Chapter Eight:  The 1950s

The 1950s was a difficult decade for the club. Membership numbers remained down during this time, reaching an all-time low in 1959 of only 55, and as a result the club struggled financially. Nearly every year, losses were recorded at the Annual General Meetings.

 

The demands on the finances were considerable: the green-keeping equipment, never of a particularly high standard, had deteriorated due to lack of use during the war and had to be replaced; every year the green-keeper asked for a pay rise, but he was seldom successful; and the Town Council (members from which formed half of the Management Committee) continually asked that donations be made by the club, towards the McDonald Park maintenance fund. In 1953 for example the Town Council notified the club that it could not afford to maintain the park to the standard demanded by Sir James and, since the club was enjoying rent-free golf, it should henceforth make an annual donation of £10. The matter was discussed at the AGM, but the meeting agreed that no such payment be made - instead the ladies were asked to organise yet more fund-raising activities.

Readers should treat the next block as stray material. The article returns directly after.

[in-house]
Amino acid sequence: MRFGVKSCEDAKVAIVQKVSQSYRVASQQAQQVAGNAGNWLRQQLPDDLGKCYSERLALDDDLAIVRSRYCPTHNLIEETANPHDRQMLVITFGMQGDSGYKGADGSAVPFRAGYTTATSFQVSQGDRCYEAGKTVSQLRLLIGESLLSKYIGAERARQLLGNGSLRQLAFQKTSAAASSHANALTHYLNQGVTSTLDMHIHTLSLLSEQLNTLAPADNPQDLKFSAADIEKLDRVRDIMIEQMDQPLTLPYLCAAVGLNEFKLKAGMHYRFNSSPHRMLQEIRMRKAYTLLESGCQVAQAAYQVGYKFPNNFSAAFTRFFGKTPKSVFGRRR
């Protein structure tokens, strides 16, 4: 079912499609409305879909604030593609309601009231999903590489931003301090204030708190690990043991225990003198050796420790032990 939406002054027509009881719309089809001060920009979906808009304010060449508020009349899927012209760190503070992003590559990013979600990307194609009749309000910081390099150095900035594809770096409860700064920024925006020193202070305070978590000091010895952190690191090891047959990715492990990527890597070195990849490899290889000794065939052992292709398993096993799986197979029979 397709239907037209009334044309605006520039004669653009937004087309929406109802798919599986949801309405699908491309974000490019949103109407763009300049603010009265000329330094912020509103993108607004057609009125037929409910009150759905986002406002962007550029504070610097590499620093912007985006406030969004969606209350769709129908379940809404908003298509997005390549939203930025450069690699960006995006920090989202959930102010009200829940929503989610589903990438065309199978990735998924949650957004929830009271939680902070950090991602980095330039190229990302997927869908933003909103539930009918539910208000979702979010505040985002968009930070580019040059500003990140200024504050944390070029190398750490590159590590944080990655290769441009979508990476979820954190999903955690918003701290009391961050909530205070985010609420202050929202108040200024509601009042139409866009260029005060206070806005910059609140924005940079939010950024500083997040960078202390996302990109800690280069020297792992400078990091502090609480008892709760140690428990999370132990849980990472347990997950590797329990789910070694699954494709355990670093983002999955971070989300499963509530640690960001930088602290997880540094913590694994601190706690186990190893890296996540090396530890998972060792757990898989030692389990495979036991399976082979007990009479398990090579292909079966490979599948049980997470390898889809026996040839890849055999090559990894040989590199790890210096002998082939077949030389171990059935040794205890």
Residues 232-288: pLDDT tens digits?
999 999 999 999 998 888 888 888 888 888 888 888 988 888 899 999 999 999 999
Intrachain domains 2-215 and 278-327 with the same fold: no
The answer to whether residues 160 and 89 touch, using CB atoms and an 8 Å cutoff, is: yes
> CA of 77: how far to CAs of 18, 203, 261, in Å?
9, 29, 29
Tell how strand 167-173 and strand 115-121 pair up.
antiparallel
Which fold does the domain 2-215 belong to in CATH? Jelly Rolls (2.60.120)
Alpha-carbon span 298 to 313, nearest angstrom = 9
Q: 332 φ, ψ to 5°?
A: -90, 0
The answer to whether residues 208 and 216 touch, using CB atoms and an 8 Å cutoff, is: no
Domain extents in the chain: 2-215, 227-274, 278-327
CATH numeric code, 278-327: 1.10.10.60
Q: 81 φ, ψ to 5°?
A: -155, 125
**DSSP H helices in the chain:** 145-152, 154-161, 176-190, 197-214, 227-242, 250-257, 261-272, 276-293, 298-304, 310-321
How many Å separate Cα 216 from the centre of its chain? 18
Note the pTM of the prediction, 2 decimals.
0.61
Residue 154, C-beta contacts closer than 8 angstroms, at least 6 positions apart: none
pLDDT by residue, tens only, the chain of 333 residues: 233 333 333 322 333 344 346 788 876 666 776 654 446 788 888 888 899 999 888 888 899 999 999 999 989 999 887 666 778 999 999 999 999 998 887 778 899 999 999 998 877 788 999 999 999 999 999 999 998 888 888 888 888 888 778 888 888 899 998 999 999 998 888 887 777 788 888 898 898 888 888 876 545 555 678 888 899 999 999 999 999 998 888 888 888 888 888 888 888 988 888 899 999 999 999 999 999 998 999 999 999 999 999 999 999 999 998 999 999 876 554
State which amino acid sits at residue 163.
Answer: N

Because of the financial situation, the committee looked at every possible source of income, but with membership numbers stagnant, the only realistic source of funds was the grazing rent. So profitable was the grazing that successive committees continued to use it as a source of income and it would be 1959, 14 years after the war had finished before the practice was discontinued.

 

Morale within the club must have been low because at the Annual General Meeting of 1955 no one would accept nomination for the post of captain. The meeting was abandoned but not before those present were advised that if the post were not filled at an Extraordinary General Meeting at a later date, the running of the club would be handed over to the Town Council. Notices of the meeting were posted in the local shops and advertisements were even placed in the local newspapers, the Press and Journal and Evening Express. This had the desired effect: 21 people attended (about a third of the membership) and Mr Bill Joss a local banker accepted the post of captain.

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